A rare full moon on the summer solstice

A rare full moon on the summer solstice June 20, 2016

photo Joanne Brokaw; full moon on Friday, June 13, 2014
photo Joanne Brokaw; full moon on Friday, June 13, 2014

I felt it yesterday like a heavy, wet, angry blanket descending on my entire being: a full moon is imminent. I knew it without looking at the calendar or even seeing the moon the night before to know where in the moon phases it was.

Over the last few years, I’ve noticed my body being more and more in tune with the moon. Maybe it’s happening more, or maybe I’m just noticing it more. A lot of people says it’s all in my head, that I’m cuckoo, that I see the calendar and then look for things to validate what I want to believe. To counter that accusation of confirmation bias, I bought a calendar without moon phases and just stopped paying attention.

And I can always feel it coming. Not always to the same degree, but there’s an increase in the sluggishness, the mood changes, the disrupted sleep patterns. I feel it and I say, “There’s a full moon coming.” And I look it up, and there it is.

And yesterday? Far worse than normal, and then today I woke to see an article about the fact that this isn’t just any old full moon tonight. It’s what Native Americans call the Strawberry Moon, marking the season of strawberries, a full moon on the summer solstice, June 20th. It’s a rare, once in a lifetime occurrence.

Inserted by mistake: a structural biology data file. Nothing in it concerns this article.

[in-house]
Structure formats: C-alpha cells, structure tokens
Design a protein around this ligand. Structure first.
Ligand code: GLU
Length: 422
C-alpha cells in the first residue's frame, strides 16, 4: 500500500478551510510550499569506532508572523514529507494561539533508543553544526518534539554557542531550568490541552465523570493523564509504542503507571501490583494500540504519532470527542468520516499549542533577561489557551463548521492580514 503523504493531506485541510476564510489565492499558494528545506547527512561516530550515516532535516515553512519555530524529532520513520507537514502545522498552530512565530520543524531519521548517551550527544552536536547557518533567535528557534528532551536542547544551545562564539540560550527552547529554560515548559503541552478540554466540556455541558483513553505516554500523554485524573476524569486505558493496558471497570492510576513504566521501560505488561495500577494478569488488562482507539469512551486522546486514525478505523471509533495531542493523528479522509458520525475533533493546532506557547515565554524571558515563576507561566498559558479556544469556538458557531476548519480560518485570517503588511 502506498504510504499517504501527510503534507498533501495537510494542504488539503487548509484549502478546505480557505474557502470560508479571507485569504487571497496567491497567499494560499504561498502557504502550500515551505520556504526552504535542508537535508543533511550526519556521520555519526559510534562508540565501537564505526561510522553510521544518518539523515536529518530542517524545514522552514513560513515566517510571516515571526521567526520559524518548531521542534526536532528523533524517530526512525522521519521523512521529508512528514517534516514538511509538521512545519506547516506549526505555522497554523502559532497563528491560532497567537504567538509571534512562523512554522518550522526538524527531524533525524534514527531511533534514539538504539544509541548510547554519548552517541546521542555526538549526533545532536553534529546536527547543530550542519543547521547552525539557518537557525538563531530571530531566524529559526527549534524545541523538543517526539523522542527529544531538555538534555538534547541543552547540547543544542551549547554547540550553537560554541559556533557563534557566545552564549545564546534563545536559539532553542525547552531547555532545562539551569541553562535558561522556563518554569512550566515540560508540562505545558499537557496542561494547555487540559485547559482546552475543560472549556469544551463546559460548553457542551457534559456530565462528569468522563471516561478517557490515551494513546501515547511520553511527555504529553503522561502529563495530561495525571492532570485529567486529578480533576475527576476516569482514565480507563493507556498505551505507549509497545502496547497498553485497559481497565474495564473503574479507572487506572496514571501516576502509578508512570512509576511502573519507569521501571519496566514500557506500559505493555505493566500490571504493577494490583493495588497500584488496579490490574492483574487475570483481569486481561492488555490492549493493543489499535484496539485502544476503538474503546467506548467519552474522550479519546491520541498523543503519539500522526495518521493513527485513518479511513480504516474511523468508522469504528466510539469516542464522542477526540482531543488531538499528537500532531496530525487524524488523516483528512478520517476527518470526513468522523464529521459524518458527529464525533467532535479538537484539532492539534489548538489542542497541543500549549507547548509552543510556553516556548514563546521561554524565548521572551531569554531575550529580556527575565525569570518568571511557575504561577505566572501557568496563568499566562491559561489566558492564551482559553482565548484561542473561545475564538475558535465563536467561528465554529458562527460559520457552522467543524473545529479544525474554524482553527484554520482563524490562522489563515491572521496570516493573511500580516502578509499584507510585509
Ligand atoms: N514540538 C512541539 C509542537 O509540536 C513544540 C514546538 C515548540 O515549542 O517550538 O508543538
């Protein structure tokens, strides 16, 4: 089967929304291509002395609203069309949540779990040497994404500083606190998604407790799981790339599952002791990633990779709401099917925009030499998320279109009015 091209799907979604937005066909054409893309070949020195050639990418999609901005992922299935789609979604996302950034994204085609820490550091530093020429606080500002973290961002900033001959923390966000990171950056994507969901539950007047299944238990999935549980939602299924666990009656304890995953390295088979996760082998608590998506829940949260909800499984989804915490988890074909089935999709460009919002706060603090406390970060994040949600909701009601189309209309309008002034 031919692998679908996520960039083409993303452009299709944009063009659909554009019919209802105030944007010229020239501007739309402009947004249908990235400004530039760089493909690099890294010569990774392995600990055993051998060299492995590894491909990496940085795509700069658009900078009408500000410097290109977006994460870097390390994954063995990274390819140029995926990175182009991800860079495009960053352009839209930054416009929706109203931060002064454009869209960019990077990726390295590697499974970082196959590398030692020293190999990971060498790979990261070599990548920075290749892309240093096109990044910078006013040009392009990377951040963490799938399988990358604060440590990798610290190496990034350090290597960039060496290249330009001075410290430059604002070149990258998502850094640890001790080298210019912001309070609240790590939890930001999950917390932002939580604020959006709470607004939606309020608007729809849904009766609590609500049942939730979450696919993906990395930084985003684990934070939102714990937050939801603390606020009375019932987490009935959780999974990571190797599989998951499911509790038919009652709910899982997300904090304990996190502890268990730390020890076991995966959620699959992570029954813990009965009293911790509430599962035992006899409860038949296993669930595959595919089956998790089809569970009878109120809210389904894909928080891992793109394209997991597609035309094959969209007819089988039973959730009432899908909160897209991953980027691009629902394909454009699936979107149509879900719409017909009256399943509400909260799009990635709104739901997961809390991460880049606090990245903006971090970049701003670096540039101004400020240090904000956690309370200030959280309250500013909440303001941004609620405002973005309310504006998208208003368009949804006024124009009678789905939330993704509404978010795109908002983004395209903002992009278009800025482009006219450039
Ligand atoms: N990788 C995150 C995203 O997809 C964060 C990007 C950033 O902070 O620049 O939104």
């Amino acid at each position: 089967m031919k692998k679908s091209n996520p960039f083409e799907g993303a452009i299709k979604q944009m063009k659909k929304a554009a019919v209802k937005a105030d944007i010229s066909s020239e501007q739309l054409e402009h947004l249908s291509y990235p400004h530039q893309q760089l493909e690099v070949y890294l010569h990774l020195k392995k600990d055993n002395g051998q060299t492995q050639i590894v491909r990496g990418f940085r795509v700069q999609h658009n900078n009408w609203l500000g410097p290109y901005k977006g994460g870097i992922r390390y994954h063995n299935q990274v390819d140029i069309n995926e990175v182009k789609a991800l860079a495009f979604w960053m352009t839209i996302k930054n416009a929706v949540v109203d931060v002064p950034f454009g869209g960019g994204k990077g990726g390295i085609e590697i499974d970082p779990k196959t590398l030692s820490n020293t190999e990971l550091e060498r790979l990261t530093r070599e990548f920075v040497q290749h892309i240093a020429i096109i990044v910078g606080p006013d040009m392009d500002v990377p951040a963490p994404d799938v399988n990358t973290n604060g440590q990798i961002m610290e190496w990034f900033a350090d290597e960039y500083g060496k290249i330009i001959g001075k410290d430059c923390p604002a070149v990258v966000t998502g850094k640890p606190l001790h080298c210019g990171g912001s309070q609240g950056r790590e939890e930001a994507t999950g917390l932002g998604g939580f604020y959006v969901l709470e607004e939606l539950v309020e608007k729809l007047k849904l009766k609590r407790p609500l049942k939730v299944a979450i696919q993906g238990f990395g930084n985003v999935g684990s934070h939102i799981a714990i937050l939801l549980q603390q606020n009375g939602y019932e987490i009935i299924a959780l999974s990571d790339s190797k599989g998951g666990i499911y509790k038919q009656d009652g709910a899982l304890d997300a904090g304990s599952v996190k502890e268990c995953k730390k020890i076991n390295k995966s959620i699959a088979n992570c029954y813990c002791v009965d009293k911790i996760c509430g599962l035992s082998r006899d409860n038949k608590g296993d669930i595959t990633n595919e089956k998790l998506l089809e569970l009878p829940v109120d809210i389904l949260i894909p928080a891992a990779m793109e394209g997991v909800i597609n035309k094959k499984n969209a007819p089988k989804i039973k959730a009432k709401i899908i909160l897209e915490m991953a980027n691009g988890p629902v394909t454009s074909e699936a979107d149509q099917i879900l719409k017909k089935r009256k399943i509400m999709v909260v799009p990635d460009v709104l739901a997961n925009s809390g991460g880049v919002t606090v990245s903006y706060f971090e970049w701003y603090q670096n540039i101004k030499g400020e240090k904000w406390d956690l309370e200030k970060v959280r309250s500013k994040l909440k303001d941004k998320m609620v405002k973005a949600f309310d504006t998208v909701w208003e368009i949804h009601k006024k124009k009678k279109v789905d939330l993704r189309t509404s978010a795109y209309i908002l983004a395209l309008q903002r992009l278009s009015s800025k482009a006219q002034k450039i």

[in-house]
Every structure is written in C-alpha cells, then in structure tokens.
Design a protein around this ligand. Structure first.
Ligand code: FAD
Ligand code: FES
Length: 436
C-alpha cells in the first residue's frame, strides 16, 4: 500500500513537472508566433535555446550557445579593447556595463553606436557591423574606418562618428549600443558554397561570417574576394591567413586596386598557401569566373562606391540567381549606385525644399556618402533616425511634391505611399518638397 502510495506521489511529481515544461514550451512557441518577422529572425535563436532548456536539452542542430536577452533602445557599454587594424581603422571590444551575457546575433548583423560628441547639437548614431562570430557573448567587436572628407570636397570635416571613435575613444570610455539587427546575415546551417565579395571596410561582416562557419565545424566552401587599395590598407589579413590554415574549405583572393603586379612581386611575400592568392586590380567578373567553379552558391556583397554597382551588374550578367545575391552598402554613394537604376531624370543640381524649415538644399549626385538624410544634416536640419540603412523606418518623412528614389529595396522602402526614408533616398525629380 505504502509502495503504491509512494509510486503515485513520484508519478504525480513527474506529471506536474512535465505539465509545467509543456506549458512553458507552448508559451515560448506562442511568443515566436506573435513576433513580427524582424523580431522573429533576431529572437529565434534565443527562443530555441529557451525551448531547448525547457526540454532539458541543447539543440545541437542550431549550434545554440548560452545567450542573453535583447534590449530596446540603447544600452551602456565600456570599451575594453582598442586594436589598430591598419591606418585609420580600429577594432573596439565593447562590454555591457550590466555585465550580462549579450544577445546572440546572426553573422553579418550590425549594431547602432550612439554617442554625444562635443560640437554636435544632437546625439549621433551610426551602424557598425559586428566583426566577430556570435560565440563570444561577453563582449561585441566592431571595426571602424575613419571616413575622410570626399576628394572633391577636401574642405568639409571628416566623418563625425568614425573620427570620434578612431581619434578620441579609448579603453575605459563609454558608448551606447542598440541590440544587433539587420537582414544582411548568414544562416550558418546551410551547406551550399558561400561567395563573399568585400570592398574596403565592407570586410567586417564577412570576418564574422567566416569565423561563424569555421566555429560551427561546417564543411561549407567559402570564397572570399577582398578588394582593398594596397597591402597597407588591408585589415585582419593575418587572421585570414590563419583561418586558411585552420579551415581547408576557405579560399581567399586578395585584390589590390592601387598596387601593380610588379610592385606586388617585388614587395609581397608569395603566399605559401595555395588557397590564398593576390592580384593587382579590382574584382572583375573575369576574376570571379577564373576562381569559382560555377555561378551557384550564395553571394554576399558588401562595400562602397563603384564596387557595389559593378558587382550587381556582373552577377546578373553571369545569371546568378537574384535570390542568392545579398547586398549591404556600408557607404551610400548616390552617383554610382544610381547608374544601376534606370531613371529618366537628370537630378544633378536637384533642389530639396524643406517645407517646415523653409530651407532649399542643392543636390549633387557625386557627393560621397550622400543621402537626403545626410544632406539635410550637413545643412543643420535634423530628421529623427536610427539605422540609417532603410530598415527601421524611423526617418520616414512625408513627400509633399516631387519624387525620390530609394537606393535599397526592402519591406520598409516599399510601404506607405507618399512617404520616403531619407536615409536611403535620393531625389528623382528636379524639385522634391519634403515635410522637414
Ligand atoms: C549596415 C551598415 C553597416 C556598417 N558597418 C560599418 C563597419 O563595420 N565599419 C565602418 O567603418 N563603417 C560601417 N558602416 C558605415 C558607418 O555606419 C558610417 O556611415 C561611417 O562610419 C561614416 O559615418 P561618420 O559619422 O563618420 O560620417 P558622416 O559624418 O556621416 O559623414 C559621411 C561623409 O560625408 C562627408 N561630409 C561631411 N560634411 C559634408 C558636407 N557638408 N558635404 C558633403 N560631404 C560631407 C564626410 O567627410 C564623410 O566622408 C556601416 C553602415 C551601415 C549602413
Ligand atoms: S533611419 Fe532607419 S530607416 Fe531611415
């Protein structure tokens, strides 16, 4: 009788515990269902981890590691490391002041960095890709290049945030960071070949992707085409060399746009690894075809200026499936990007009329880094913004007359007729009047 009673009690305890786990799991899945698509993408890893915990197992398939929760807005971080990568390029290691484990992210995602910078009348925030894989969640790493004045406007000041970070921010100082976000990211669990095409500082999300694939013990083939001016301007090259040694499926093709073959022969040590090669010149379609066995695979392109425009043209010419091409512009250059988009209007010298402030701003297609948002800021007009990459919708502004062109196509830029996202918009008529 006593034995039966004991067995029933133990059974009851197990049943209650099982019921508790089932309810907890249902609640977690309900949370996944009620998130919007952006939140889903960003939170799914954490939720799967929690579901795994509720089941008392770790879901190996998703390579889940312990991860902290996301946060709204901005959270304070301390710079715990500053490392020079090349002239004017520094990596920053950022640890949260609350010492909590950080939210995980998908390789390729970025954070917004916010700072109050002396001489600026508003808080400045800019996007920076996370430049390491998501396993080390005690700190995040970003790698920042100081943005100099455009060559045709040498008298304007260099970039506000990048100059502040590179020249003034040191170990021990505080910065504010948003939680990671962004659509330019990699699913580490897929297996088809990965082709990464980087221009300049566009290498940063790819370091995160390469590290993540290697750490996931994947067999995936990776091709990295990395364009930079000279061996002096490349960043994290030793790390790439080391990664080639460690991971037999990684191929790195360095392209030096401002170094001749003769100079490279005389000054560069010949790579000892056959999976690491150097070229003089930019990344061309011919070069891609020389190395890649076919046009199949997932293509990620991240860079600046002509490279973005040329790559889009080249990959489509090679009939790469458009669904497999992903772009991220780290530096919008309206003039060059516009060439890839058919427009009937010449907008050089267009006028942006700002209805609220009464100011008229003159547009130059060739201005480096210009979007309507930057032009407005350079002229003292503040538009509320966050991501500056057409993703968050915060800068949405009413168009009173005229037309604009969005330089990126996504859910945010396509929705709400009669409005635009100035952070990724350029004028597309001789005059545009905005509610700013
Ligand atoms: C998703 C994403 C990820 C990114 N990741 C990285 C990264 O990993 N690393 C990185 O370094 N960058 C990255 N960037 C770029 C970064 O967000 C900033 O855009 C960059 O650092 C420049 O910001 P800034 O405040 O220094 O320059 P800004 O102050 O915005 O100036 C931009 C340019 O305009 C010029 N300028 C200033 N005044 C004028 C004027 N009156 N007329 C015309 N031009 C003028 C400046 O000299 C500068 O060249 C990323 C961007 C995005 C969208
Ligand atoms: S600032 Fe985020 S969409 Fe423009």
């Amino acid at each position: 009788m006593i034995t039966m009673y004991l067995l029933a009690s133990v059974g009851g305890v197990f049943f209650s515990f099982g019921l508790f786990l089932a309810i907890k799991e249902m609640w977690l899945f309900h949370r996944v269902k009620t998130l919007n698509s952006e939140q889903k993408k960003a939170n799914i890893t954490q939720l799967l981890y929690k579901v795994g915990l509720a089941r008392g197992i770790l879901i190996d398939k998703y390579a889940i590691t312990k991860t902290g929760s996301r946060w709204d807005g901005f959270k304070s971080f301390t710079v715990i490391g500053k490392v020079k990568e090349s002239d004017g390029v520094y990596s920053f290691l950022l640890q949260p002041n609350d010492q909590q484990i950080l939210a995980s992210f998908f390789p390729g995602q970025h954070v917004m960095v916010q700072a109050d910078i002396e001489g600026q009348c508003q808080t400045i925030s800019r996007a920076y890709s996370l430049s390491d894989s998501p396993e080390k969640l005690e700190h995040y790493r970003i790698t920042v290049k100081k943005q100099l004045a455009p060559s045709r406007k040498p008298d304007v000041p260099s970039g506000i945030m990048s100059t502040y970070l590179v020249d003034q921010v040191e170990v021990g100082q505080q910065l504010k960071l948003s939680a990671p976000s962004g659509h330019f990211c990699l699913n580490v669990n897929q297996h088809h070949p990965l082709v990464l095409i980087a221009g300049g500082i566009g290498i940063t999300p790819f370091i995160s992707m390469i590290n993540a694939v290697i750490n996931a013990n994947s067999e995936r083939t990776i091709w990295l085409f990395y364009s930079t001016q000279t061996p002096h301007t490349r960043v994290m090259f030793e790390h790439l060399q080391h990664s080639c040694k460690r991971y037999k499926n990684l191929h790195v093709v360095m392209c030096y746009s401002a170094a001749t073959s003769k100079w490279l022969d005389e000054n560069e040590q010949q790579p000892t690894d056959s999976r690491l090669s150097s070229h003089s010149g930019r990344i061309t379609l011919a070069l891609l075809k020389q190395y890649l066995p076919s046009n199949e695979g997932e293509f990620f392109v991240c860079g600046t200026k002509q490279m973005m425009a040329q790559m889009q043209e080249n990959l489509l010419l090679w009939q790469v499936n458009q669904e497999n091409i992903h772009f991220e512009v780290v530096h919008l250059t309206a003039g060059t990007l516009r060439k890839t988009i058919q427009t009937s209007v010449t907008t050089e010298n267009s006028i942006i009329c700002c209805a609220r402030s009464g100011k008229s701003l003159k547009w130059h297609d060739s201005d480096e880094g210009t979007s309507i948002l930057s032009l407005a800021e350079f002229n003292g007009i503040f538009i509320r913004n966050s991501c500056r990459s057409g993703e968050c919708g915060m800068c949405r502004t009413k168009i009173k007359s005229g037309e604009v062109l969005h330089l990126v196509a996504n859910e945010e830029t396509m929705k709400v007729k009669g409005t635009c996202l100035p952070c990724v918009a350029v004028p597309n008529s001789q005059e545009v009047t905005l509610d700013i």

According to the Old Farmer’s Almanac, “The word solstice is from the Latin solstitium, from sol (sun) and stitium (to stop), reflecting the fact that the Sun appears to stop at this time.” As TreeHugger.com explains, “[T]he sun stands still at its northernmost point as seen from Earth. Its zenith doesn’t yearn north or south, but waits patiently at the Tropic of Cancer before switching directions and heading south again.” The solstice happens again to usher in winter.

It’s funny to me that for thousands of years humans studied the moon and stars in order to plant, to plan, to live in harmony with nature. We still do it; we just rely on meteorologists to do the studying for us. There’s really no difference between following the natural phases of the moon and checking the weather forecast to see if it’s going to rain on your picnic next week. It’s all studying nature and the course it takes, and how it’s going to impact our lives.

I wonder if perhaps we returned to a closer relationship with Creation, returned to our own study of the stars and planets that God so carefully and strategically placed in the heavens, if we would become less “me” focused and more “universe” focused, more understanding of the fact that we’re but tiny parts of a greater whole. Maybe we’d be more empathetic and patient, less selfish and narrow minded.

Then again, maybe that’s just the moon talking.


If you want to learn more about the solstice, here are some posts on the summer solstice from Patheos Pagan blogger, Jason Mankey:

  • http://www.patheos.com/blogs/panmankey/2014/06/the-ancient-nature-of-midsummer/
  • http://www.patheos.com/blogs/panmankey/2014/06/names-of-the-summer-solstice/
  • http://www.patheos.com/blogs/panmankey/2015/06/ways-to-celebrate-the-summer-solstice/?ref_widget=popular&ref_blog=panmankey&ref_post=names-of-the-summer-solstice

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